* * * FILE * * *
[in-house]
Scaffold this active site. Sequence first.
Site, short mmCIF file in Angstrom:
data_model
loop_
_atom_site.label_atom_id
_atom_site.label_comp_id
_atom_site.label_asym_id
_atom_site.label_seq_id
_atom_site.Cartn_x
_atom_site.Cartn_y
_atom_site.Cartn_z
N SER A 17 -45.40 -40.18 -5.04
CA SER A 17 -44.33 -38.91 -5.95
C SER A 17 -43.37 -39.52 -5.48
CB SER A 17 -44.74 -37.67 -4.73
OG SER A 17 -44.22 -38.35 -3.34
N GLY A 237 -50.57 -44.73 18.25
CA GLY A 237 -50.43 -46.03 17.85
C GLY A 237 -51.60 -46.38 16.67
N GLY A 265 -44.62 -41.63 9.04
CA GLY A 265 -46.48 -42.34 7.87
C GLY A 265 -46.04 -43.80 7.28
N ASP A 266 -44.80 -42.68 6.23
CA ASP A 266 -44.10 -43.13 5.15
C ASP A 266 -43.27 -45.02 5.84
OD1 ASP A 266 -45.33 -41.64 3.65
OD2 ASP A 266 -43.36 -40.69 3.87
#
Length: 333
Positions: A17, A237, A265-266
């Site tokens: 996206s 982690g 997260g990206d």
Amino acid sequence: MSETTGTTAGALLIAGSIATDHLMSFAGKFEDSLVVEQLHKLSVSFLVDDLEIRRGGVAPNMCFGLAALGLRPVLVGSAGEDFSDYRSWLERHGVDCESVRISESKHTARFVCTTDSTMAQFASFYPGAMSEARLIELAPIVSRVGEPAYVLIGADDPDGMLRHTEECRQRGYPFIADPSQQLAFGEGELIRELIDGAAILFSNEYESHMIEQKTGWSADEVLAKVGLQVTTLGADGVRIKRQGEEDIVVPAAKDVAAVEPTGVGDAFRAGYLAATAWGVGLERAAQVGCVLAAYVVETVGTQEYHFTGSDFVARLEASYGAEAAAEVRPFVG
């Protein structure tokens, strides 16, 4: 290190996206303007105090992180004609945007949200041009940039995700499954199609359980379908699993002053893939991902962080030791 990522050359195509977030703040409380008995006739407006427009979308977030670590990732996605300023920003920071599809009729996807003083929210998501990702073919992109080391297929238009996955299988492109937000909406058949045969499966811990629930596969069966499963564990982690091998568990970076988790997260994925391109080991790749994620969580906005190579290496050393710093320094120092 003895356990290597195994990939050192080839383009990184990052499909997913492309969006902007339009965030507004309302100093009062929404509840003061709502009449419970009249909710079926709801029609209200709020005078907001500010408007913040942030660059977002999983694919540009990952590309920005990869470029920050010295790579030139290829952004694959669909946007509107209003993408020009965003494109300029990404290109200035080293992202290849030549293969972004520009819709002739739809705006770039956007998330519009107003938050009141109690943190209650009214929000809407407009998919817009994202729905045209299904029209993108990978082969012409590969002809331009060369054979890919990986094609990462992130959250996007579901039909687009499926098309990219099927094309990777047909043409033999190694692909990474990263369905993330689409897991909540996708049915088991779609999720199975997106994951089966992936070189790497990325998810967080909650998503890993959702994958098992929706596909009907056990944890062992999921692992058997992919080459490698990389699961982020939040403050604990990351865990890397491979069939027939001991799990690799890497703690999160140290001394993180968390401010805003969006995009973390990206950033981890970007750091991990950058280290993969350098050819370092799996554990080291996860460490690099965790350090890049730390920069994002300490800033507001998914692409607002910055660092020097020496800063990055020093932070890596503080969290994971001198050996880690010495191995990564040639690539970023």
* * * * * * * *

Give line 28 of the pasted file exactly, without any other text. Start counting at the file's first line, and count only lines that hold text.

OD2 ASP A 266 -43.36 -40.69 3.87